Workplace Violence and Workers Compensation

by | Sep 20, 2012 | Claims, Risk Management, Workers Compensation

One of the most astonishing statistics I discovered while researching this topic is that Homicide is currently the second leading cause of fatal occupational injuries (behind traffic fatalities) and the LEADING cause of death for women in the workplace.  (as reported by NCCI )

Although the incidents that predominately make the news are the “going postal” – vengeful actions of disgruntled employees towards supervisors or fellow employees;  just as dangerous and common are attacks by peers, disgruntled customers, domestic incidents, stalkers, as well as  threats posed by armed robbers.

No industry or business is immune to workplace violence or the witnessing of a violent act.  Although the injured person(s) and their family (ies) are certainly entitled to Workers compensation benefits, fellow employees can also be effected by the witnessing of an act of violence in the form of clinical depression, post traumatic stress disorder, social withdrawal and the like. These people may also be entitled to workers compensation benefits, which drives up the employer’s experience modification and premiums. A workers compensation policy’s Experience modification charge is developed by a computation that compares a company’s annual loses in insurance claims against its policy premiums over a three-year period, excluding the most current year.

This tells us that it is important for employers to evaluate the threat of workplace violence and put a prevention program in place to reduce the risk of violent occurrences in the workplace.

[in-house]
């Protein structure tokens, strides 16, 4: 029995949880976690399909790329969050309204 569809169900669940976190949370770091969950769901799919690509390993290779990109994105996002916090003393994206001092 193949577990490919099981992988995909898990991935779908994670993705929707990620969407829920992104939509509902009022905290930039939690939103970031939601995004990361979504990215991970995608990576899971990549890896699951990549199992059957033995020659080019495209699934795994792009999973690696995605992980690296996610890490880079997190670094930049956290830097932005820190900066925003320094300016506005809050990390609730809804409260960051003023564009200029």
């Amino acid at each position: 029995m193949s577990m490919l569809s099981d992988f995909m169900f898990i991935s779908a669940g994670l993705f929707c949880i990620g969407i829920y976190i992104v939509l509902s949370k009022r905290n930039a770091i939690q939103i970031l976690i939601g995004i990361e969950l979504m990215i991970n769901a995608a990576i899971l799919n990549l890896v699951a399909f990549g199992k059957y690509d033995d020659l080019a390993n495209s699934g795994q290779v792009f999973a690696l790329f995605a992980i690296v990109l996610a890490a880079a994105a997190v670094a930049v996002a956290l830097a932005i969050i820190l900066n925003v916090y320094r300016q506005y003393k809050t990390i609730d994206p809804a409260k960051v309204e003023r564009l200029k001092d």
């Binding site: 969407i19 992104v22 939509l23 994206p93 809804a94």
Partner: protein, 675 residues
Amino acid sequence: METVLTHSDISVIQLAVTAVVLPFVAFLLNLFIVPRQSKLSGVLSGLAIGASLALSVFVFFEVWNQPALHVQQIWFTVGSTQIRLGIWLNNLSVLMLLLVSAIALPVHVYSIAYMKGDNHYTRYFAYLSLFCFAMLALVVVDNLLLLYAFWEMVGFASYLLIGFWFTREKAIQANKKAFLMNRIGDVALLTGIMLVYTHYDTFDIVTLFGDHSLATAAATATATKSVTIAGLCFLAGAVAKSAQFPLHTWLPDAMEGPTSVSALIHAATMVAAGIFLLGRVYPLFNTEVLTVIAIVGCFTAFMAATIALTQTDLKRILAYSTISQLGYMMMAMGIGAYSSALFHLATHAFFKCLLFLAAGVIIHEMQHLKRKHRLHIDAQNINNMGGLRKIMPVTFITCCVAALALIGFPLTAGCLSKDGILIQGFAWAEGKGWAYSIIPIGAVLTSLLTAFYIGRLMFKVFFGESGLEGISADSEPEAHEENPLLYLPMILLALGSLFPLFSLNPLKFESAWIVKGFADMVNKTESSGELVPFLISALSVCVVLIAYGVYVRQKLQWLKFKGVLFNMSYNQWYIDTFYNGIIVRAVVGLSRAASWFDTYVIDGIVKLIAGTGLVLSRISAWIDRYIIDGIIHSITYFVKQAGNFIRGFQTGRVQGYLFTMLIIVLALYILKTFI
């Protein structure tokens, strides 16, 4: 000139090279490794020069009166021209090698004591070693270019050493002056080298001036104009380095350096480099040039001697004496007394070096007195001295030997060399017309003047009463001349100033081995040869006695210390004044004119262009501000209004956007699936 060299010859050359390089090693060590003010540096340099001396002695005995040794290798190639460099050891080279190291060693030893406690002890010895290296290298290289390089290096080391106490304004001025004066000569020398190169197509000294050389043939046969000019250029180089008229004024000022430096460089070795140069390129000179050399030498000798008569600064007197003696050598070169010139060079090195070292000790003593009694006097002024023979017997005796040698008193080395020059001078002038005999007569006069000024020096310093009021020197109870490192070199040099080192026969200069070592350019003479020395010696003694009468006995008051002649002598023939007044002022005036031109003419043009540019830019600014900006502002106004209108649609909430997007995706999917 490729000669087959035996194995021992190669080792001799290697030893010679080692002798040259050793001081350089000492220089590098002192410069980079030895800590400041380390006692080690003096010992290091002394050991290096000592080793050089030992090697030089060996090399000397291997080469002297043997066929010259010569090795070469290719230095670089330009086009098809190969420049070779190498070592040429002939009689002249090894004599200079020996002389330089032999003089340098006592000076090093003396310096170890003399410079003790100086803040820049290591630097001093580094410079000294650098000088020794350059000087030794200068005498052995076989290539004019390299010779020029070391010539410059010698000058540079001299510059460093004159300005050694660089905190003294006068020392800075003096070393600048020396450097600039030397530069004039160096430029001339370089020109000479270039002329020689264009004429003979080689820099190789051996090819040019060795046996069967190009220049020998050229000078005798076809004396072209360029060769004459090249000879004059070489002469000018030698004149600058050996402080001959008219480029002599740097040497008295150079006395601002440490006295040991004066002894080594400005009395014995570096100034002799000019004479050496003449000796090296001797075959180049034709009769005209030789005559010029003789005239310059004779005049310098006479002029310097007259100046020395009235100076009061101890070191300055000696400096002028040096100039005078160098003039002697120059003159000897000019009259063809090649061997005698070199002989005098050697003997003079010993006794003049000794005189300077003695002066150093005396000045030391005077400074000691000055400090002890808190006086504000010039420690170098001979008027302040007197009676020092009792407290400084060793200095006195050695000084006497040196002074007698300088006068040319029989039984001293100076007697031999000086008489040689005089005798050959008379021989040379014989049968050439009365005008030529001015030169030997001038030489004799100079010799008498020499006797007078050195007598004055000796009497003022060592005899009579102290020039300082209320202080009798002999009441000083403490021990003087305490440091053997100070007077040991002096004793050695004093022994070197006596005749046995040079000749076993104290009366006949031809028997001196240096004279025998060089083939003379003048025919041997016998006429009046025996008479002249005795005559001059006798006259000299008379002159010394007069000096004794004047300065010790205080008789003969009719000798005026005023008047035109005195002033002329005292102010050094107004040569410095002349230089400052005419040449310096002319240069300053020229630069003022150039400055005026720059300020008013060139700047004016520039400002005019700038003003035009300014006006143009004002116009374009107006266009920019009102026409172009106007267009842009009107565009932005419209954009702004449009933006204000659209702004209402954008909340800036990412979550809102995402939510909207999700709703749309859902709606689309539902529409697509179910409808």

A well written and implemented workplace violence program with engineering controls, administrative controls and training can drastically reduce and even prevent violent acts from occurring in the workplace. This is demonstrated by studies conducted after a number of companies and organizations implemented prevention programs during  the 1990’s resulting in the number of fatalities being decreased by as much as 40%.

A “No-Tolerance” approach is best and should become part of the businesses’ culture in which the employer disapproves of any type of threats, harassment and verbal or physical intimidation.  Employers should also be aware of the warning signs of a potential dangerous employee and implement the more common measures for prevention of same:  pre-employment testing, employee and supervisor training and education in workplace violence, written procedures for reporting and responding to acts of violence, and termination procedures.

As workplace violence awareness becomes more widespread, and more employers  put into practice a Prevention Plan, the number of fatalities and associated injuries in the workplace due to acts of violence will continue to decline as well as keep workers compensation costs down.


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